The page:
COVINGTON - Tax Commissioner Barbara Dingler is warning Newton County homeowners to brace themselves for higher taxes.
The state Homestead Tax Relief Grant that in the past has funded an additional homestead exemption will not be available this year.
"Declining state revenues during the current recession means there is no money for the state to give the tax relief to homeowners," Dingler said.
That means that homeowners can expect to see a property tax increase of between $200 and $300 on bills that will go out later this year, she said.
The Homestead Tax Relief Grant is an additional $8,000 exemption which became law on April 15, 1999. The amount of the credit is fixed each year through the General Appropriations Act. The credit is deducted directly from a homeowners' homestead property tax bill and is reimbursed to the counties, cities and school systems by the state of Georgia.
Due to a drastic decline in state revenues, the General Assembly opted not to fund the grant for fiscal year 2010, which begins July 1, and passed a bill stating it would be made available in the future only if state revenues increase by at least 3 percent plus the rate of inflation.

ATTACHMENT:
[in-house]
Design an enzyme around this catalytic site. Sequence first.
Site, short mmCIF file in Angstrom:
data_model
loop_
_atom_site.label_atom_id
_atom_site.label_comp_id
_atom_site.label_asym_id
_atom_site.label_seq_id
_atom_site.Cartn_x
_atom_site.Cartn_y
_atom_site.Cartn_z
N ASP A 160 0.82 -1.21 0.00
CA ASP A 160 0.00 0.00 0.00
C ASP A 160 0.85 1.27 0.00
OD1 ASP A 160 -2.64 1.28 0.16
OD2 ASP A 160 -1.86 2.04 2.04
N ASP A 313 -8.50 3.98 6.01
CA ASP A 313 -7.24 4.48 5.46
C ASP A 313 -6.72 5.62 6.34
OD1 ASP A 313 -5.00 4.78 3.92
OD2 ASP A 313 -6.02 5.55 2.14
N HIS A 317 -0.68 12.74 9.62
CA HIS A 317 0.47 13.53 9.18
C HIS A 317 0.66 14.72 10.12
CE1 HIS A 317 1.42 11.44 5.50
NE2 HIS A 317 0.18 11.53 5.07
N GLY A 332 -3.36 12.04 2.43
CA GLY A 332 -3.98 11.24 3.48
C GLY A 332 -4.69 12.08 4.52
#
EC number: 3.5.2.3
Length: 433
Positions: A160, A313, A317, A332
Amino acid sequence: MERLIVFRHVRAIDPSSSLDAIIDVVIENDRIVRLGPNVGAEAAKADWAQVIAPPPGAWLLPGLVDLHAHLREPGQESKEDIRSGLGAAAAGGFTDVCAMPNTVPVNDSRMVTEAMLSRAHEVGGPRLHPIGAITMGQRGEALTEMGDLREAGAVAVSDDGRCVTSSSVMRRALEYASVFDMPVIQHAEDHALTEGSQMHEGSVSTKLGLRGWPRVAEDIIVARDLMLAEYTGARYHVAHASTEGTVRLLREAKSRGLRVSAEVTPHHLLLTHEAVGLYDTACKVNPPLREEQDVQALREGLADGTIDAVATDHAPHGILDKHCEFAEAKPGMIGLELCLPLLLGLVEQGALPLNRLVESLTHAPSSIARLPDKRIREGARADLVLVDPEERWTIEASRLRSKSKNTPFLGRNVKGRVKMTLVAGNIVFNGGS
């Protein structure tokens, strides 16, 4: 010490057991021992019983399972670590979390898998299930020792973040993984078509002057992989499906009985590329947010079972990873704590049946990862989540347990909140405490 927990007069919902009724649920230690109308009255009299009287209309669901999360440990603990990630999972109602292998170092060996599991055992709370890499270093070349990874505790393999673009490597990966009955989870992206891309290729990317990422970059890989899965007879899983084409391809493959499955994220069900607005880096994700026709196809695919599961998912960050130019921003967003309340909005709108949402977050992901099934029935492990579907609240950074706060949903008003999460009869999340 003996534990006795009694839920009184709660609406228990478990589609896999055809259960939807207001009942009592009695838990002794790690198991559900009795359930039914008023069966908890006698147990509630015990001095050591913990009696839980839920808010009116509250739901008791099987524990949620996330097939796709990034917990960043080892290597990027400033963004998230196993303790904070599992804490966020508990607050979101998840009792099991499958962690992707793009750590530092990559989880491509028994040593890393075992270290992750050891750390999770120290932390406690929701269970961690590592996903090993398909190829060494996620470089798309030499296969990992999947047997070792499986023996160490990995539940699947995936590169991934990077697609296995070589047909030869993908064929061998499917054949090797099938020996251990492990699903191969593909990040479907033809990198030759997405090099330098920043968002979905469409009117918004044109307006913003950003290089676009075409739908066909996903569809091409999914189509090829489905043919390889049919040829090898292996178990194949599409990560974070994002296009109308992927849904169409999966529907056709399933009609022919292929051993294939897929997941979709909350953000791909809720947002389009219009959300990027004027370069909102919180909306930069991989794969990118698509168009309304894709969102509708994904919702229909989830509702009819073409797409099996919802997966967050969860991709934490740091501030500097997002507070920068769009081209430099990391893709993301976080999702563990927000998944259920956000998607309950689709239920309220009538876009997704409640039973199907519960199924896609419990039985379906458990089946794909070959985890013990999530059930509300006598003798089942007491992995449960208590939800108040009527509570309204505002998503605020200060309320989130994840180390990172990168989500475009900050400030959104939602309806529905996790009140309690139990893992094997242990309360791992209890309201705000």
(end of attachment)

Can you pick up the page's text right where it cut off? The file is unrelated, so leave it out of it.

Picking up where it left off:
Dingler said homeowners should prepare now for an increase in taxes. Bills will be sent out by July 20 and will be due by Sept. 20 and Dec. 20, assuming the Board of Commissioners and Board of Education have adopted millage rates and the tax digest is approved by the Department of Revenue by that time, Dingler said.
"It's unfortunate in slow economic times to have to deliver this message, but homeowners need to know now so they can plan accordingly with their household budgets or make sure that tax escrows are properly funded with their mortgage companies to handle the tax increases," Dingler said.
Property owners will continue to receive local homestead exemptions.
Though most residential property owners have seen a decrease in property assessments this year, those who receive a regular homestead exemption won't see a decrease in taxes, even if the millage rate stays at the current 9.73 mills, unless they've seen a decline in value of $20,000, Dingler said.
The exception could be senior citizens who qualified for extra exemptions, assuming their property values decrease, she said.
Despite higher bills, Dingler said she expects tax collections will remain high.
She said 94.58 percent of taxes have been collected for 2008; 98.65 percent for 2007 and 99.89 percent for 2006.
"For tax year 2009, I do not anticipate a problem in collections," she said.